Tuesday, May 13, 2003
Scientists at Cornell University are on the lookout for the viburnum leaf beetle (Pyrrhalta viburni), and they want your help. According to this article in The Ithaca Journal, volunteers have been enlisted to find the insects and then report back on when the eggs hatch and how much damage is caused to the viburnums. So far volunteers have signed up from several northeastern states. If you're interested in submitting information, you can find more information here.
Monday, May 12, 2003
Woad is me
Today is the first day of what will hopefully not become an annual event: The Weber County, Utah "Bag O' Woad" Program. According to this report from KSL TV, Weber County is offering $10 per bag of the plant known as dyer's woad (Isatis tinctoria). You have to be between the ages of 6 and 16 to pick up a bag to fill, and I'm sure the bags will go fast...what youngster would want to miss out on such a fulfilling experience as pulling weeds? :-) The program was also the subject of an entry in the ISW last spring.
Sunday, May 11, 2003
This week's Dave Barry column (or last week's, depending on where you live) was a humourous take on his encounters with imported red fire ants (Solenopsis invicta). Dave recently met with researchers in Florida that are working with the decapitating phorid fly (Pseudacteon tricuspis), a biocontrol agent that uses the ants as incubators (and food) for its offspring. Don't forget to read the cute related comic in the top right corner of the page.
Labels: ants, fire ants
Saturday, May 10, 2003
I was at an herb sale yesterday and noticed several specimens of Moneywort (Lysimachia nummularia) for sale. Also known as creeping Jenny, this wetland plant is listed as invasive or potentially invasive in many northeastern states as well as Canada. It is often planted as a ground cover but can easily spread beyond its intended patch of land. If you're interested in growing plants to create your own wound remedies (the main herbal use for moneywort), consider some of these alternatives, or keep plants indoors or in pots, and always dispose of cuttings and seed in an environmentally conscious way.
Friday, May 09, 2003
According to this report from the Bay Journal, natural resource officials in Maryland have begun the process of shooting 1500 mute swans (Cygnus olor), in an effort to protect grassbeds and native species in the Chesapeake Bay. When they're done, swan populations in that state will be reduced by about 50%. The number of mute swans in Maryland has continued to rise, even though there has been an egg addling program in that state for years. In response to the killings, the international animal rights group "Friends of Animals" is offering up to $1000 to anyone who can catch the shootings on video tape, as reported in the Washington Post. The group hopes to stop the population reduction program by broadcasting the tape to the world.
(Note 5/25/03: Animal rights supporters have now filed a lawsuit in federal court to protest the swan killings, read more in this story from the Environment News Service. - Thanks to a member of the ALIENS-L listserver for posting the link)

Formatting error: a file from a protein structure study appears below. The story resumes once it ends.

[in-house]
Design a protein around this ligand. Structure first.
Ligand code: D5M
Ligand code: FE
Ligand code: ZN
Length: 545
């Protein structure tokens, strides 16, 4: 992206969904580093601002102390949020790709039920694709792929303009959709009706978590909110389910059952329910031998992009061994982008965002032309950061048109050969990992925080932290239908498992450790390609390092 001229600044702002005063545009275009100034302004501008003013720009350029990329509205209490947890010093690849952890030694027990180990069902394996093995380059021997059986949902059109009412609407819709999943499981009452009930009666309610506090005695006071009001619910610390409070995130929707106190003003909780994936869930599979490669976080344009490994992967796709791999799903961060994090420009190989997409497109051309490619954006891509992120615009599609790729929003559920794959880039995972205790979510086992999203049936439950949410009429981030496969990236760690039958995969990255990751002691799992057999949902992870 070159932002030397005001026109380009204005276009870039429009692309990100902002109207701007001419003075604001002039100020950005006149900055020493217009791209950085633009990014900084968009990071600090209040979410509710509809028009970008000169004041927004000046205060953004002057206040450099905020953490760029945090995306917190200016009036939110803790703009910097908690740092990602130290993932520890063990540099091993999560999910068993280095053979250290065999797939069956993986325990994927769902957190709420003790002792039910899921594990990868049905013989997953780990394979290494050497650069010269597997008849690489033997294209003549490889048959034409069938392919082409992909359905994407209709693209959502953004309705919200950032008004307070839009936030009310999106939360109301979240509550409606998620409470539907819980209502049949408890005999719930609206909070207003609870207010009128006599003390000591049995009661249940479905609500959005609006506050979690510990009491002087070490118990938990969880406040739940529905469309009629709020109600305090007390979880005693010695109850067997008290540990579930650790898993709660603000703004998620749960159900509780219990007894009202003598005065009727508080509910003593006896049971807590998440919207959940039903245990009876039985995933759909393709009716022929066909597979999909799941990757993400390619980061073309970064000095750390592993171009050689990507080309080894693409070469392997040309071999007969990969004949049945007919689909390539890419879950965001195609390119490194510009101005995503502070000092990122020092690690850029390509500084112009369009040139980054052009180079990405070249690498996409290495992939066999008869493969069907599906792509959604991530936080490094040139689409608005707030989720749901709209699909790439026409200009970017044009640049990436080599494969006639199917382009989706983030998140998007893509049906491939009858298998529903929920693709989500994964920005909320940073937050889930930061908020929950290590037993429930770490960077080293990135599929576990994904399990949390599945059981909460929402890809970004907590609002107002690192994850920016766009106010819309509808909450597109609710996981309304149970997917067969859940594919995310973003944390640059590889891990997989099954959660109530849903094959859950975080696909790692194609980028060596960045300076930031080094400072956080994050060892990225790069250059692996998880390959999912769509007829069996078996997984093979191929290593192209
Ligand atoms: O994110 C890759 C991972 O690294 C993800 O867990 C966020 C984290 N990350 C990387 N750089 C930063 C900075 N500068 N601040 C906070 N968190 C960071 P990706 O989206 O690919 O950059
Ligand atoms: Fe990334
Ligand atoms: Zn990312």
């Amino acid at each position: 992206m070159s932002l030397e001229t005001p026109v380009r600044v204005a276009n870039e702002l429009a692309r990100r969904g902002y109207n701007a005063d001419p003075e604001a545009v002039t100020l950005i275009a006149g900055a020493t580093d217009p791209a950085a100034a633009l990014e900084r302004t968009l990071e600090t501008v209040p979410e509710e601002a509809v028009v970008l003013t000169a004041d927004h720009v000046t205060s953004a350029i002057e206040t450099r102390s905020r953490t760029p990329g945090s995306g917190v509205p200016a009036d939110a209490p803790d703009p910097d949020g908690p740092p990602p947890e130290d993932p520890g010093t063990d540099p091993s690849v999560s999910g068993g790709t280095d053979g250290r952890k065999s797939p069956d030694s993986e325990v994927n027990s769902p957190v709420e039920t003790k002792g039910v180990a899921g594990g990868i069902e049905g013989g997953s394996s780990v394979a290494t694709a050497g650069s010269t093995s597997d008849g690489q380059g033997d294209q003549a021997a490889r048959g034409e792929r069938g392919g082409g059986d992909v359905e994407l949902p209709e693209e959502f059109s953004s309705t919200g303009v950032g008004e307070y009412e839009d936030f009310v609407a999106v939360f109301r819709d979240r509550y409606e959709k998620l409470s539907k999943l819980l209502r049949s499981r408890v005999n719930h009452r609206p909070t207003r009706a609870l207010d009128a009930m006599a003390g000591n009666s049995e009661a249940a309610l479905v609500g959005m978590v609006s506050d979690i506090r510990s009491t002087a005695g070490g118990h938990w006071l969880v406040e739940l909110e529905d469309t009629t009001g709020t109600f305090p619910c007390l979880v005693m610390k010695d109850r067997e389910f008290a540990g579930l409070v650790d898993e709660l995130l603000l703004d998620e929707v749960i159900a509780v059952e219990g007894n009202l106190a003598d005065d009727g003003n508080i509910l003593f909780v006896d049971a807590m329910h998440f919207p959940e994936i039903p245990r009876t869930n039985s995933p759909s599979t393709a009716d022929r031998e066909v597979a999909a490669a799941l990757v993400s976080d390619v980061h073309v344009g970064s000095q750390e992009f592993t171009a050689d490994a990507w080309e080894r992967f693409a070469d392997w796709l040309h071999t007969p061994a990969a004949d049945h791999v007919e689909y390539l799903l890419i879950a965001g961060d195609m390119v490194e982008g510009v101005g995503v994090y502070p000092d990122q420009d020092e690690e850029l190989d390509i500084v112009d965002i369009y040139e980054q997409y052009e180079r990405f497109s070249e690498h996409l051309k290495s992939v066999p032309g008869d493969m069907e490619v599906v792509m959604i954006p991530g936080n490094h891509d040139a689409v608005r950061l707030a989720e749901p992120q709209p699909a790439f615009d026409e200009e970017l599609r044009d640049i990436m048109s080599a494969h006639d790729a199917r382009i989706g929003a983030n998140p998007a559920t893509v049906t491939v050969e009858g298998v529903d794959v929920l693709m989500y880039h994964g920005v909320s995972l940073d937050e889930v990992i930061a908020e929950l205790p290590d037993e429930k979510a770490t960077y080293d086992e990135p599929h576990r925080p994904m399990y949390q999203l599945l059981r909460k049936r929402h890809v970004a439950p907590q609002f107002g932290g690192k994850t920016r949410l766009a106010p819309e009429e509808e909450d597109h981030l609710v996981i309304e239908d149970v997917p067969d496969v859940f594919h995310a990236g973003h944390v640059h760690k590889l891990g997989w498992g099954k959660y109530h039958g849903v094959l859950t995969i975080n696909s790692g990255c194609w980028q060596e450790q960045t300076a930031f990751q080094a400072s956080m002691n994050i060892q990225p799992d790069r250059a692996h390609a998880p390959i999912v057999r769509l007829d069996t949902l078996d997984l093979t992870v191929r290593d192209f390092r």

Labels: mute swan
Thursday, May 08, 2003
Green with Ivy
May 3rd was "kNOw Ivy Day" in Portland, Oregon, a city known for its hatred of English ivy (Hedera helix). According to a report from The Oregonian, this is "the world's largest English ivy removal project."
Thanks to the Stop Aquatic Hitchhikers site for linking to this story.
Wednesday, May 07, 2003
Waste not, want not
As officials in Florida search for the cause of the massive algal blooms of Caulerpa brachypus appearing in coastal waters, attention has turned to the deep injection wells used to dispose of treated wastewater. According to this report from The Stuart News, Martin County's County Commissioner expressed concern that nutrients from the wells could be seeping into the lagoons and contributing to the algal growth. There's talk of banning the wells, but it is likely further studies will be done before making such a drastic decision.
Tuesday, May 06, 2003
West Virginia is for Weed Lovers?
A while back I mentioned that the Union of Concerned Scientists published a report on invasive species in Texas. They have actually been working on projects for several different states, and recently released this report for West Virginia, as well as this report for the same state but focusing on aquatic invasives (both files are in .pdf format). Almost a third of all plant species in West Virginia are non-native.
Monday, May 05, 2003
Let it slide
The Wildland Invasive Species Team of The Nature Conservancy has put together a nice Powerpoint presentation titled "Understanding the Impacts of Invasive Plants in Natural Areas." They encourage you to preview the Powerpoint file, and then download it for use in your own presentations. Helpful comments accompany the dozens of nice photos of invasve plants that are included, along with graphs and bullet lists.
Thanks to a member of the ALIENS-L listserver for posting this information.
Sunday, May 04, 2003
In all fairness, I must post this link - a reply to a scathing editorial published in The Barbados Advocate. The original piece, written by the president of the Barbados Herpetological Society, was the subject of in a previous ISW entry. The rebuttal brings up several points about the non-native species in question and whether these pets would truly pose a threat to the environment if they escape.
Friday, May 02, 2003
Bitter is Better
Foresters in Montana have banded together to come up with a plan to contain invasive plants in Bitterroot National Forest, and hopefully prevent them from spreading into nearby Big Hole Valley, according to this story in the the Missoula Independent. You can read the details of their plan on the Noxious Weed Treatment Project web site (files are in Adobe Acrobat format).
Thursday, May 01, 2003
One way to get an up-to-date view of molecular research on invasive species is by using NCBI's Entrez retrieval system. Any new DNA or amino acid sequences are required to be submitted to GenBank, and searching it is a great way to keep up on current work. This April, nucleotide sequences were submitted for many invasives, including tree of heaven (AIlanthus altissima), purple loosestrife (Lythrum salicaria), and the Chinese mitten crab (Eriocheir sinensis). (To limit your search by date, click on the "Limits" tab.)
Labels: Chinese mitten crab, crabs, crustaceans, marine, plants, purple loosestrife, trees